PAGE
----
The influence of the Discotheque – big in New York, is spreading. Disco records have been breaking into the top-40 more and more because of the initial play at discos. The so-called discotheque came to the U.S. from France during the early 1960’s, but the current trend came from gay clubs. Tom Moulton, who writes about the disco scene for Billboard – summed it up by saying New York is the hub of America’s disco scene. “The disco scene has doubled in New York in the last two years. New discos are opening all the time. In the New York area there are about 600 discos and about 30 key discos that you can look at to find out what songs are popular.”
➦In 1980...FCC realigns AM Clear Channel Stations.
The FCC votes to limit the coverage of so-called “clear channel” AM stations to 750 miles. The restriction covers 25 clear channel stations including KFI, Los Angeles, WCBS, WABC, WNBC in New York City, WLS, WBBM and WMAQ, Chicago and WSM - the home of the Grand Ol’ Opry in Nashville. These stations are “protected” so that their nighttime signals can be heard in outlying areas, providing radio service to rural communities at night where there was no radio service. The FCC modified the rules in the mid-40’s, to allow new nighttime stations to operate on some of the channels, but the distance between stations was far away (WABC- KOB, Albuquerque) and only two operated (at the most) on one channel at night in the continental USA. Some channels still remain clear, such as WCCO in Minneapolis and WSM, which can still be picked-up thousands of miles away from Nashville on a clear channel.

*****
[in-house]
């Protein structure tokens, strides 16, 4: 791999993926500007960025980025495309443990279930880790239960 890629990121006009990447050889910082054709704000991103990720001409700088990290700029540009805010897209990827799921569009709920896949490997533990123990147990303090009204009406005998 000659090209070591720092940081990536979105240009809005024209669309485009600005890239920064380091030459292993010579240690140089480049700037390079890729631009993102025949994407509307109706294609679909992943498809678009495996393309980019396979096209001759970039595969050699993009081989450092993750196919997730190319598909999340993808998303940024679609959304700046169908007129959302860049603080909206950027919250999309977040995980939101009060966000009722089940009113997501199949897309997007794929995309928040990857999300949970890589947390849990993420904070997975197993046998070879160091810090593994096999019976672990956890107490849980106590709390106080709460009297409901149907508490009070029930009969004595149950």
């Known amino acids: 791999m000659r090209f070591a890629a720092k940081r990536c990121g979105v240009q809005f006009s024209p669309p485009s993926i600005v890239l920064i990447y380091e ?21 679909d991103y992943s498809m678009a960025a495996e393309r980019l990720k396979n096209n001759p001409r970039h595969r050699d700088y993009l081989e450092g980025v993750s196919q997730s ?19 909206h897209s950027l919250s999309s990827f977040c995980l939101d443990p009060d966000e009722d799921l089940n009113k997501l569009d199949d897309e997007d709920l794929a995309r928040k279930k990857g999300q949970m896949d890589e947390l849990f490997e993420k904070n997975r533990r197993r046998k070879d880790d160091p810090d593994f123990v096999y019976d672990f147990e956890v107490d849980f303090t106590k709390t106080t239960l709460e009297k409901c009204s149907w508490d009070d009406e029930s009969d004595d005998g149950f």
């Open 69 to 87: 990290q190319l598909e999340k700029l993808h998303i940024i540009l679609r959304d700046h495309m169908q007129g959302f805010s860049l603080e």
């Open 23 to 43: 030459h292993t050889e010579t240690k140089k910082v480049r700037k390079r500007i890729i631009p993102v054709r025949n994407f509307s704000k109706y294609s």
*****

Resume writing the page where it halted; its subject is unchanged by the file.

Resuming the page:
The new rules will allow smaller stations to broadcast at night, thereby “interfering” with the distant broadcasts. The FCC says it will make room for 125 more nighttime AM stations.
Other stations with clear channel status - WSB - Atlanta, WBAP - Ft Worth, WLW - Cincinnati, WJR - Detroit, KDKA - Pittsburgh, KMOX - St Louis, WWWE - Cleveland, WHAM, Rochester, WCAU - Philadelphia, WOAI - San Antonio, WHO - Des Moines, WOR - New York, WWL - New Orleans, KSL - Salt Lake City, WBZ - Boston.
Certain mediumwave frequencies were set aside under the North American Radio Broadcasting Agreement (NARBA) for nighttime use by only one or two specific AM stations, covering a wide area via skywave propagation; these frequencies were known as the clear channels, and the stations on them are thus clear-channel stations. Where only one station was assigned to a clear channel, the treaty provides that it must operate with a nominal power of 50 kilowatts or more; stations on the other clear channels, with two or more stations, must use between 10 kW and 50 kW, and most often use a directional antenna so as not to interfere with each other. In addition to the frequencies, the treaty also specified the specific locations where stations on this second kind of channel (known as class I-B) could be built.
Some of the original NARBA signatories, including the United States, Canada and Mexico, have implemented bilateral agreements that supersede its terms, eliminating among other things the distinction between the two kinds of clear channel: the original "I-A", "I-B", and "I-N" station classes are now all included in class A.
Clear-channel stations, unlike all other AM stations in North America, have a secondary service area—that is, they are entitled to protection from interference to their nighttime skywave signals. Other stations are entitled, at most, to protection from nighttime interference in their primary service area — that which is covered by their groundwave signal.